Tuesday, May 01, 2007

    By Steve Connor

    Scientists may have discovered a way of triggering deep sleep in people suffering from chronic insomnia.

    A study has found a way of stimulating the brain so that sleep-deprived people can feel the full restorative powers of an eight-hour period of slumber.

    The researchers have developed an electronic device that stimulates the brain with harmless magnetic pulses which cross into the nerves that control a type of deep sleep called “slow-wave activity”.

    Giulio Tononi, professor of psychiatry at the University of Wisconsin-Madison, said that about 80 per cent of sleeping hours are composed of slow-wave activity. In response to each burst of magnetism used in the study, the brain produced the typical slow waves of deep sleep, he said.

    “With a single pulse, we were able to induce a wave that looks identical to the waves the brain makes normally during sleep,” Professor Tononi said.

    There are two broad categories of sleep. One is when the brain starts to dream and the eyes moves rapidly from side to side under the closed eyelids. The other type of sleep is when slow waves wash over the brain at a rate of about one a second 1,000 times a night.

    The scientists have shown that by stimulating a particular part of the brain of sleeping volunteers with harmless magnetic pulses they were able to induce slow waves to move across the entire brain – just like they do in deep sleep.

    “We don’t know why, but this is a very good place to evoke big waves that clearly travel through every part of the brain,” Professor Tononi said.

    One of the aims of the research is to understand the nature of sleep and to find a way of helping people suffering from chronic insomnia which may result from an inability to carry out slow-wave activity.

    “We have reasons to think that slow waves are not just something that happens, but that they may be important in sleep’s restorative powers,” Professor Tononi said.

    The importance of slow waves can be seen from the fact that when sleep-deprived people are allowed to sleep they produce larger and more numerous slow waves, which become weaker as sleep progresses.

    It may be possible to produce an electronic device that stimulates a deep-sleep power nap that mimics a full eight-hour period of rest in a fraction of the time, the scientists said.

    Another possibility is that the magnetic stimulator might be used to aid the retention of memories that are normally formed during the day and consolidated at night, Professor Tononi said.

    One theory is that during the day the brain is having to cope with masses of new information which is constantly stimulating the connections between the brain’s nerve cells. The function of slow-wave sleep may be to weaken these connections so that they do not overload the brain, he said.

    “During the slow waves, all the connections, step by step, are becoming a little weaker. By morning, the total connection strength is back to the way it was the morning before,” Professor Tononi said. “The trick is to downscale all the connections by the same percentage so the ones that were stronger are still stronger. That way you don’t lose the memory,” he said.

    The latest research is published in the journal Proceedings of the National Academy of Sciences.

  7. Wow! Sounds like something that might help us without drugs. I am going to look up this reseach. This maybe the break-through we have been waiting for.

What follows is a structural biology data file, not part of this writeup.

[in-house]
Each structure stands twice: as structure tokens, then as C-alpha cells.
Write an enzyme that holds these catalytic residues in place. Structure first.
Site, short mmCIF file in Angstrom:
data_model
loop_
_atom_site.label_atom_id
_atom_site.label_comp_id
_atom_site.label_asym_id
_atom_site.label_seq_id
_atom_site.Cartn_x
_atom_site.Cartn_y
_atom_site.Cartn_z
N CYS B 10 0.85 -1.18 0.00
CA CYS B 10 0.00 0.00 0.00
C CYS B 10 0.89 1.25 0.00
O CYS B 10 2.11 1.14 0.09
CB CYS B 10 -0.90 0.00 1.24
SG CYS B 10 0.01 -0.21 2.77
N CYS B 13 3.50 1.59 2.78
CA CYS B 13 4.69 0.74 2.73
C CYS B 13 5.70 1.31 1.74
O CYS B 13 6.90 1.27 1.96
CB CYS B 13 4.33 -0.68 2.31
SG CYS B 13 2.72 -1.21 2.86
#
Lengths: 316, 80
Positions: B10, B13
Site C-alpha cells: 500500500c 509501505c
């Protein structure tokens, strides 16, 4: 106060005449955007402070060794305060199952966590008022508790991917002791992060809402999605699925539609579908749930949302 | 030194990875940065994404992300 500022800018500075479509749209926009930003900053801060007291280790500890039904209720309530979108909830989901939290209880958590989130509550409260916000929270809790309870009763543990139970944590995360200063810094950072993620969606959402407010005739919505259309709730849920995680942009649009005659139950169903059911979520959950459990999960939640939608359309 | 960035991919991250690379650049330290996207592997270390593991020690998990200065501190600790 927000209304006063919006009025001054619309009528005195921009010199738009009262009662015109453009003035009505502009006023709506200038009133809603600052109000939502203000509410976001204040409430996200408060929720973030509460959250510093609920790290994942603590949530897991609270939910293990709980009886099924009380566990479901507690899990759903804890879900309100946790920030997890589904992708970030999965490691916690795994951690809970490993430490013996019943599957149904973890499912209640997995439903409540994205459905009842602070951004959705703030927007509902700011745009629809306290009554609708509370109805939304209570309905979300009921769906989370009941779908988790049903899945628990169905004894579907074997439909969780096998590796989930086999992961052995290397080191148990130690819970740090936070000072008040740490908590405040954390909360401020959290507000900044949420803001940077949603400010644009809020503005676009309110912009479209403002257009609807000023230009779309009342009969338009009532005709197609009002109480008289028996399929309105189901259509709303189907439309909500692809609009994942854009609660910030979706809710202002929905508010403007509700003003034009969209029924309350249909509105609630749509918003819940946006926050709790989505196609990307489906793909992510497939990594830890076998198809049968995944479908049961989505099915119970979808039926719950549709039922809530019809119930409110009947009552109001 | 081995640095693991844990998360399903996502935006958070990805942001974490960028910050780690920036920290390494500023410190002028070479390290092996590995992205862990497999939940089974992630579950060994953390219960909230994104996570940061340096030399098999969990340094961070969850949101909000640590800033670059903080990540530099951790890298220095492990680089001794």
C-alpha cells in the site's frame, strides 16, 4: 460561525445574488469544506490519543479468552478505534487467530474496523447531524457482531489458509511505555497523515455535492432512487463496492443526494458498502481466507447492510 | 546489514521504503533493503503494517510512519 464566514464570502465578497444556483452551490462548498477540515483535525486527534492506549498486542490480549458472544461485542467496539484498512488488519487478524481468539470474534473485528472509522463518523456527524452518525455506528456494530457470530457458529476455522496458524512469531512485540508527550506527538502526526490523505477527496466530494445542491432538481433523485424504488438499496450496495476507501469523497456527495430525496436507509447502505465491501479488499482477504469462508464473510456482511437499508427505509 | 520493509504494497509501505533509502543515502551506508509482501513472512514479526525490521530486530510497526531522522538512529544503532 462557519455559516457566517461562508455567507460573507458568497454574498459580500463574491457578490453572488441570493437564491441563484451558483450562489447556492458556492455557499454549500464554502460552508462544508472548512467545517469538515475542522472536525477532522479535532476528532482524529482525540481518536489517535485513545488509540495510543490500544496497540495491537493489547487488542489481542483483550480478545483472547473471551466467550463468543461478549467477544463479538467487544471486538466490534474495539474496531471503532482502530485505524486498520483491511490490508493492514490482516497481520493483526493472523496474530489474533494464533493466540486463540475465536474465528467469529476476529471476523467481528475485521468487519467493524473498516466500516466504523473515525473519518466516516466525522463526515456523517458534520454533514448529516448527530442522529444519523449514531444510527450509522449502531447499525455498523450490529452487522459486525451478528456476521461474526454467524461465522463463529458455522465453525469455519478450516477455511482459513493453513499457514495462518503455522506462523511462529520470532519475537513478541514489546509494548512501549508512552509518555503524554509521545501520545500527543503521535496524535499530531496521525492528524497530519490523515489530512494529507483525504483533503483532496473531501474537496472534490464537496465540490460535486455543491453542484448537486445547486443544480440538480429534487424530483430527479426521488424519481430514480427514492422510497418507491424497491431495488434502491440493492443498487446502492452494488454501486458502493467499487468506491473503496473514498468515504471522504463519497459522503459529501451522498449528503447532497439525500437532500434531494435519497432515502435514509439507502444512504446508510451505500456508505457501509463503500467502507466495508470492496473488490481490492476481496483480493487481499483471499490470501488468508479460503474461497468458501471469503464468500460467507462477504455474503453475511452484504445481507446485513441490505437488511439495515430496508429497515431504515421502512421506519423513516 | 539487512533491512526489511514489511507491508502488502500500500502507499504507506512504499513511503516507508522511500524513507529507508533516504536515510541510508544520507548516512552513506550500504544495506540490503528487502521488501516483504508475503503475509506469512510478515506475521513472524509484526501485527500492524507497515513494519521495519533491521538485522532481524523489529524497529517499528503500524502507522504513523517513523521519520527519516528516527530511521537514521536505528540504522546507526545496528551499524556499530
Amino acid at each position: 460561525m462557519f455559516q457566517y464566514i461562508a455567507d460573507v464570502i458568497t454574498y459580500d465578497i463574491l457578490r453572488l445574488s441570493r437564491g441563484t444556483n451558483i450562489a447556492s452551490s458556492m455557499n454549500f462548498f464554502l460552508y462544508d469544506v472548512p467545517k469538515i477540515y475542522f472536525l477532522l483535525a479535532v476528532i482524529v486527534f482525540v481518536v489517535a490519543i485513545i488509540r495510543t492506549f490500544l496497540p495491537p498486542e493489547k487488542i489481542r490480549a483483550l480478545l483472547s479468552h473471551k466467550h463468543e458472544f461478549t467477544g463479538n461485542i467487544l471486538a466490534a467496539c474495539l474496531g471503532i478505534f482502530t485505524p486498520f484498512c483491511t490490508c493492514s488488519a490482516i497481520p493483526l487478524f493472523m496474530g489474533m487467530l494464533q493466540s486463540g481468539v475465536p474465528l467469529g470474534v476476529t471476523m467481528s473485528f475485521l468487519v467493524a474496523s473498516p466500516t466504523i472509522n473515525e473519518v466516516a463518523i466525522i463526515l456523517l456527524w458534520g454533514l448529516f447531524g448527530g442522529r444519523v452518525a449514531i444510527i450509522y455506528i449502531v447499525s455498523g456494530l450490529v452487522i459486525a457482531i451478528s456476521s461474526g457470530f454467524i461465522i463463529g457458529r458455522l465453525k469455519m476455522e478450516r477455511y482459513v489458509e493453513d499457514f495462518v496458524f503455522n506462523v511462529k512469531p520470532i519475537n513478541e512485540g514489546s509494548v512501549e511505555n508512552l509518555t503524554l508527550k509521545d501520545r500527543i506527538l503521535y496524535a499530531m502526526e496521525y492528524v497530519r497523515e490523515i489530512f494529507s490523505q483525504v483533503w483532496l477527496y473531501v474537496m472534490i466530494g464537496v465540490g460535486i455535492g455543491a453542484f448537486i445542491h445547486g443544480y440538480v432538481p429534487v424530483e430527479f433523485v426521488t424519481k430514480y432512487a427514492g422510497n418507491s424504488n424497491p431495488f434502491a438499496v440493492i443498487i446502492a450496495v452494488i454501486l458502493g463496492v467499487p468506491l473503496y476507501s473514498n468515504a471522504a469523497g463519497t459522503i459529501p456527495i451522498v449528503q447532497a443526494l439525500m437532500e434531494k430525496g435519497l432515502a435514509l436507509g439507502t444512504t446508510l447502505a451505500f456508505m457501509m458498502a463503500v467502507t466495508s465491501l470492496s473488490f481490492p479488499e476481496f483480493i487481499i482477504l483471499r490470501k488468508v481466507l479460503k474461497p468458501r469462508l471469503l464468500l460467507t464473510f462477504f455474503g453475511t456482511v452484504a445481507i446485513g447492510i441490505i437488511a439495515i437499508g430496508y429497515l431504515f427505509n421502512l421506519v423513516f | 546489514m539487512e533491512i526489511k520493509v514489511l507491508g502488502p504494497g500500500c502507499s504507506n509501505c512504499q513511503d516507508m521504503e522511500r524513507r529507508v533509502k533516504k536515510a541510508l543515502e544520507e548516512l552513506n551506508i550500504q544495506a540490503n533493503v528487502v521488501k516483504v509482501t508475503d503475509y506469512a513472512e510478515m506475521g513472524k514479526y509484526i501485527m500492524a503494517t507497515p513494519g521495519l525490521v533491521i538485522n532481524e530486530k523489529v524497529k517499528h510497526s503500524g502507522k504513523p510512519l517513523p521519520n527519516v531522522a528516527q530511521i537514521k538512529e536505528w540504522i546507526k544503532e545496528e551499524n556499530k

8. I found the following of particular interest in the article I pasted above: “chronic insomnia which may result from an *INABILITY* to carry out slow-wave activity.

    The implication is that perhaps for some people there really is something defective about the biological processes of the insomniac’s brain…and not about the psychological aspect of the brain.

  9. Neurontin (gabapentin), an antiseizure medication, is being used now as an off label drug for insomnia because it was found to increase slow wave sleep activity. It supposedly has been under research to reduce menopausal symptoms. I’ve been taking it now for about 3 months at the lowest dose and notice no difference in my sleep. I still need ambien. I’m intrigued by the magnetic wave stimulator… wonder where I could get one… any research studies being done? Sign me up! ;o)

  10. If Ghb actually works to induce sleep in even the worst insomniacs, why not push to make it more readily available?

  11. very interesting…these discoveries feel like “tip-of-the-iceberg” in getting the help we need. All my life i’ve been told that insomnia is “my fault”, when I tell people i’m not sleeping they ask, “well what’s on your mind that’s keeping you up?’ I resond…”jellybeans…polarbears…the colour pink…shoelaces…cheese…songs…horseshoes…butterflies…Ireland…bow-ties…”…everything and nothing, really. I could be having the happiest, most content, relaxing day spent with loved ones, and still not sleep a wink. Doctors like to fall back on the ol’ well, it must be anxiety…But IT’s NOT!!! The only anxiety I feel comes from worrying that I might lose my job due to insomnia! Chronic insomniacs who feel their very lives, livelihoods, families, and sanity are threatened by this DISEASE need to ban together like we are here, create pressure and fund-raising groups similar to any other affliction. I really hope the future holds more studies like this, because I think the world is ready to listen.

  12. Insomnia dosnt kill you directly it what it dose to you over a long period of time that kills you! depending on your Health of course it can cause Heart Attacks, Strokes. What helps Relaxation and Mediation but not Drugs…